# Book of integrals

Is there a book which contains just a bunch of integrals to evaluate? I want to learn new integration techniques and I'm open to other suggestions as to how I can go about learning new techniques. Thank you

• check out integral calculus books – Departed Jan 2 '16 at 19:35
• One solves the problem of evaluating an integral; one evaluates and integral; one does not solve an integral. ${}\qquad{}$ – Michael Hardy Jan 2 '16 at 19:39
• Edited to "evaluate" – This Play Name Jan 2 '16 at 19:51
• If you read (or want to learn) Norwegian, I can recommend Integral Kokeboken. – mickep Jan 2 '16 at 20:49

One I was put onto by Paul Nahin in his Inside Interesting Integrals is the two-volume compendium of 1921 by Joseph Edwards, A Treatise on the Integral Calculus, with applications, examples and problems. It's in the public domain and is available as two files via the University of Toronto:

https://archive.org/details/treatiseonintegr01edwauoft

https://archive.org/details/treatiseonintegr02edwauoft

There are many PDF worksheets you can find on google that come complete with worked out solutions.

Why buy a book when you have the power of the internet? ;)

A good book which contains various single-variable integration techniques together with many (and I mean many!) exercises that accompany each technique can be found in chapters 4 and 5 of Problems in Mathematical Analysis by B. Demidovich. It is an English translation of a Russian (Soviet) text. For example, Ostrogradsky's method is given which one rarely if ever finds in English language texts but apparently is pretty standard fair in Russian texts.

• Having looked through a copy myself, this seems to be one of the collections a lot of calculus textbooks "steal" problems from (and there are many hundreds of problems available there to "plunder")... – colormegone Jan 8 '16 at 3:23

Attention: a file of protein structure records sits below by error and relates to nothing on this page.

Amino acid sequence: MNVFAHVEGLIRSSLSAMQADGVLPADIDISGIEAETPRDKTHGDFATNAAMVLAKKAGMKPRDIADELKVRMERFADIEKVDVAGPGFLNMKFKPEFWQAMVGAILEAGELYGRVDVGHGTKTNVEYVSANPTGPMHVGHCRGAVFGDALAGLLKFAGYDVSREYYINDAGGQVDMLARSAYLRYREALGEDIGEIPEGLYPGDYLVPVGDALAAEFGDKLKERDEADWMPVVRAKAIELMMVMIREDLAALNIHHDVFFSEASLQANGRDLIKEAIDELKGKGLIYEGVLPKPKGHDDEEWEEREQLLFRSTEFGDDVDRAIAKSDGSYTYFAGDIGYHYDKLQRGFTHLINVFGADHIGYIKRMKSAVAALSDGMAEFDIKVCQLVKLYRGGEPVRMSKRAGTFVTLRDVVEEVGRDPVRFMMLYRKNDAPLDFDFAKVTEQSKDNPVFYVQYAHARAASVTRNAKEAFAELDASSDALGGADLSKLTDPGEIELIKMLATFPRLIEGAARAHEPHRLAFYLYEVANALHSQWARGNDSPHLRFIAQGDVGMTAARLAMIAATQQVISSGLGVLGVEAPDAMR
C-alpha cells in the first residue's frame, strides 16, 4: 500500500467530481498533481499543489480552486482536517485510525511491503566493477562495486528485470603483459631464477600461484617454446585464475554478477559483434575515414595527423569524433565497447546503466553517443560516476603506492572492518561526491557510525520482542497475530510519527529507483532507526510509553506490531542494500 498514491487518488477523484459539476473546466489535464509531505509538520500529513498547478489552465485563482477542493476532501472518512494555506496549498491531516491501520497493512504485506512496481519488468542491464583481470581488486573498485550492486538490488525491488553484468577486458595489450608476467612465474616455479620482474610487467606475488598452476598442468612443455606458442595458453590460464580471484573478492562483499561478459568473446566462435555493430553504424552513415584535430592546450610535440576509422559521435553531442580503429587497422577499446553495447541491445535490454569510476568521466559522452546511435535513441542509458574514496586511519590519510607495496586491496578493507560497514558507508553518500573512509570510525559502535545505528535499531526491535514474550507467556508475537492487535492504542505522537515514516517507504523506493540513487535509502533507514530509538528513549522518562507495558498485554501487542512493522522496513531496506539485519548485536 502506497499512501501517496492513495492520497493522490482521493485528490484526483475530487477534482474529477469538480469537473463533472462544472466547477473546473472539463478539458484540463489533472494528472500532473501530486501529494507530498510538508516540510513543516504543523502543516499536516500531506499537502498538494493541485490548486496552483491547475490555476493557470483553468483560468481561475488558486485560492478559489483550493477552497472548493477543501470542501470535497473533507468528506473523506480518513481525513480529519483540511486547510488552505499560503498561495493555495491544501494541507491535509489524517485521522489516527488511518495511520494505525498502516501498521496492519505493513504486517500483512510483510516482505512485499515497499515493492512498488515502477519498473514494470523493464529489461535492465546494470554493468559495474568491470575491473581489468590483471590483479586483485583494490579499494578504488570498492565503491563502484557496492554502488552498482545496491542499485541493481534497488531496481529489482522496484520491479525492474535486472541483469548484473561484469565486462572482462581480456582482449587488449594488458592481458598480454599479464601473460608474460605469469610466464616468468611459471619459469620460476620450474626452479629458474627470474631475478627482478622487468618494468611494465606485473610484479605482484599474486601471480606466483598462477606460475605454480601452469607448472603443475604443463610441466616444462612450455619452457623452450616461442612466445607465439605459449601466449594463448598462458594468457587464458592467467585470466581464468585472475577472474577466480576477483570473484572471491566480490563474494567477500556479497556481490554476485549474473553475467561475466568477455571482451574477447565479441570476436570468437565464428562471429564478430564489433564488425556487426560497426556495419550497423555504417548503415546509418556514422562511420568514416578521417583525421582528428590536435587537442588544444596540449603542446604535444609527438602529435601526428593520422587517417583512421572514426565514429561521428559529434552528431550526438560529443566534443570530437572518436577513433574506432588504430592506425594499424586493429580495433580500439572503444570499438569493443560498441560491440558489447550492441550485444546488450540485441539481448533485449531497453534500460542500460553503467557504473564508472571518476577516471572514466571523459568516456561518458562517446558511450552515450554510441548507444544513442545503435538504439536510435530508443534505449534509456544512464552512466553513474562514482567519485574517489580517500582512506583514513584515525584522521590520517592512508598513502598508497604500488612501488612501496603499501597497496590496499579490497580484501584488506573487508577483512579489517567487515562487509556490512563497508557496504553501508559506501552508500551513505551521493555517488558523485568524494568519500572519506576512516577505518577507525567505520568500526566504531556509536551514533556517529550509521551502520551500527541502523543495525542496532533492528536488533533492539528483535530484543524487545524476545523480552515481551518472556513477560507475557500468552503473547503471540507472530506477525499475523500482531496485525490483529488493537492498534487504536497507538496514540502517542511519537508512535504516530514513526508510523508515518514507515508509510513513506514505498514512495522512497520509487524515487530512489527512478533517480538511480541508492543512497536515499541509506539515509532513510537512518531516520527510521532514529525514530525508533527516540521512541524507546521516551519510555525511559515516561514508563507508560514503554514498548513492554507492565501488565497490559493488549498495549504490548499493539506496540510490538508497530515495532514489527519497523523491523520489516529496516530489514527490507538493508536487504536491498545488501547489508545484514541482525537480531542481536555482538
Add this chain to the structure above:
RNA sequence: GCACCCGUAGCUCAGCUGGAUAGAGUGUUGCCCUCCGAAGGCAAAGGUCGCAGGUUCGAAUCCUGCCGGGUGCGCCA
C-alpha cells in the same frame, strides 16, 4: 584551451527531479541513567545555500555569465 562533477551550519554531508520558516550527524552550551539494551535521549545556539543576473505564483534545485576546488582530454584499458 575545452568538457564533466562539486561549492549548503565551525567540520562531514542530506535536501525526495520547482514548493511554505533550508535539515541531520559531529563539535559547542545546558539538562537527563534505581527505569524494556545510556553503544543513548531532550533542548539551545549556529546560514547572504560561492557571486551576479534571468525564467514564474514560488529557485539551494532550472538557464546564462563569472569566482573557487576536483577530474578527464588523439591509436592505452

• Here's a source for a copy of the translated edition: e-booksdirectory.com/details.php?ebook=4263 – colormegone Jan 15 '16 at 4:38

I am assuming that you have already studied Calculus I, II from a book like Stewart's Calculus or something equivalent. There are a lot of good books out there but here are a few that I have found helpful.

If solving problems is your aim I would suggest: Mathematical Methods by Boas http://www.amazon.com/Mathematical-Methods-Physical-Sciences-Mary/dp/0471198269 This text goes into many mathematical methods for solving problems including lots of tips and tricks for integration.

Or if you are interested in an introduction to integration theory I would suggest: Apostols Calculus http://www.amazon.com/Calculus-Vol-One-Variable-Introduction-Algebra/dp/0471000051 This text develops calculus with Integration as the primary motivation and I have found hidden in the exercises many tricks for integration.

Also, if you are near a used book store always check out older books on Calculus. A lot of times books that came out prior to the 1950's will have methods that our modern education system has found too difficult for mass public education, and you might find something interesting leafing through older texts.

Hope this helps.

Here is a book of advanced integration if you interested